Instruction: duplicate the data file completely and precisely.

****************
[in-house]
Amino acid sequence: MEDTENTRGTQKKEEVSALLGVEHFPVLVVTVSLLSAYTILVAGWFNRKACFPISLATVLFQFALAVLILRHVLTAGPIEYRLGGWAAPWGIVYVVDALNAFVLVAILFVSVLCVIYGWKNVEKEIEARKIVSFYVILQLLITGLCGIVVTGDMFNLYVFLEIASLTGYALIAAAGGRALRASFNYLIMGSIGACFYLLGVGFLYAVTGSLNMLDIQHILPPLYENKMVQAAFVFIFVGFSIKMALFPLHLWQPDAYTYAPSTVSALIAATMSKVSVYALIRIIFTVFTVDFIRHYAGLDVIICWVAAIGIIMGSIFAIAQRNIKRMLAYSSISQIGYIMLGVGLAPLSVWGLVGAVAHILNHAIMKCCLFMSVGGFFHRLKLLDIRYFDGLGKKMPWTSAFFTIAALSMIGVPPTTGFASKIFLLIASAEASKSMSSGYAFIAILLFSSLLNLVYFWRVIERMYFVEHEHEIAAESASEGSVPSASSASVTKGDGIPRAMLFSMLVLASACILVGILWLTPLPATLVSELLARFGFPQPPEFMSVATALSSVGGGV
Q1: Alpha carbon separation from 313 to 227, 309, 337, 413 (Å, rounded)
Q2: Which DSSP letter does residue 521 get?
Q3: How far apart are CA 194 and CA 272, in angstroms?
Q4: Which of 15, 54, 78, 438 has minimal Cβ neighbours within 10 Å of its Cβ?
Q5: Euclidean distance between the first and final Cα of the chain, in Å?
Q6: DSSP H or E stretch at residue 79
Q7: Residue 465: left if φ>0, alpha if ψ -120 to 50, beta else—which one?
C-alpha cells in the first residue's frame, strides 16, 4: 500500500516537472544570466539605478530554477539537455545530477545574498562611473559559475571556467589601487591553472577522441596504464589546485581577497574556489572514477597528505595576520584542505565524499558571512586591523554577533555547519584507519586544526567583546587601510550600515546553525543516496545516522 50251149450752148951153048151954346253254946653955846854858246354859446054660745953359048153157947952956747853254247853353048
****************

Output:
[in-house]
Amino acid sequence: MEDTENTRGTQKKEEVSALLGVEHFPVLVVTVSLLSAYTILVAGWFNRKACFPISLATVLFQFALAVLILRHVLTAGPIEYRLGGWAAPWGIVYVVDALNAFVLVAILFVSVLCVIYGWKNVEKEIEARKIVSFYVILQLLITGLCGIVVTGDMFNLYVFLEIASLTGYALIAAAGGRALRASFNYLIMGSIGACFYLLGVGFLYAVTGSLNMLDIQHILPPLYENKMVQAAFVFIFVGFSIKMALFPLHLWQPDAYTYAPSTVSALIAATMSKVSVYALIRIIFTVFTVDFIRHYAGLDVIICWVAAIGIIMGSIFAIAQRNIKRMLAYSSISQIGYIMLGVGLAPLSVWGLVGAVAHILNHAIMKCCLFMSVGGFFHRLKLLDIRYFDGLGKKMPWTSAFFTIAALSMIGVPPTTGFASKIFLLIASAEASKSMSSGYAFIAILLFSSLLNLVYFWRVIERMYFVEHEHEIAAESASEGSVPSASSASVTKGDGIPRAMLFSMLVLASACILVGILWLTPLPATLVSELLARFGFPQPPEFMSVATALSSVGGGV
Q1: Alpha carbon separation from 313 to 227, 309, 337, 413 (Å, rounded)
Q2: Which DSSP letter does residue 521 get?
Q3: How far apart are CA 194 and CA 272, in angstroms?
Q4: Which of 15, 54, 78, 438 has minimal Cβ neighbours within 10 Å of its Cβ?
Q5: Euclidean distance between the first and final Cα of the chain, in Å?
Q6: DSSP H or E stretch at residue 79
Q7: Residue 465: left if φ>0, alpha if ψ -120 to 50, beta else—which one?
C-alpha cells in the first residue's frame, strides 16, 4: 500500500516537472544570466539605478530554477539537455545530477545574498562611473559559475571556467589601487591553472577522441596504464589546485581577497574556489572514477597528505595576520584542505565524499558571512586591523554577533555547519584507519586544526567583546587601510550600515546553525543516496545516522 50251149450752148951153048151954346253254946653955846854858246354859446054660745953359048153157947952956747853254247853353048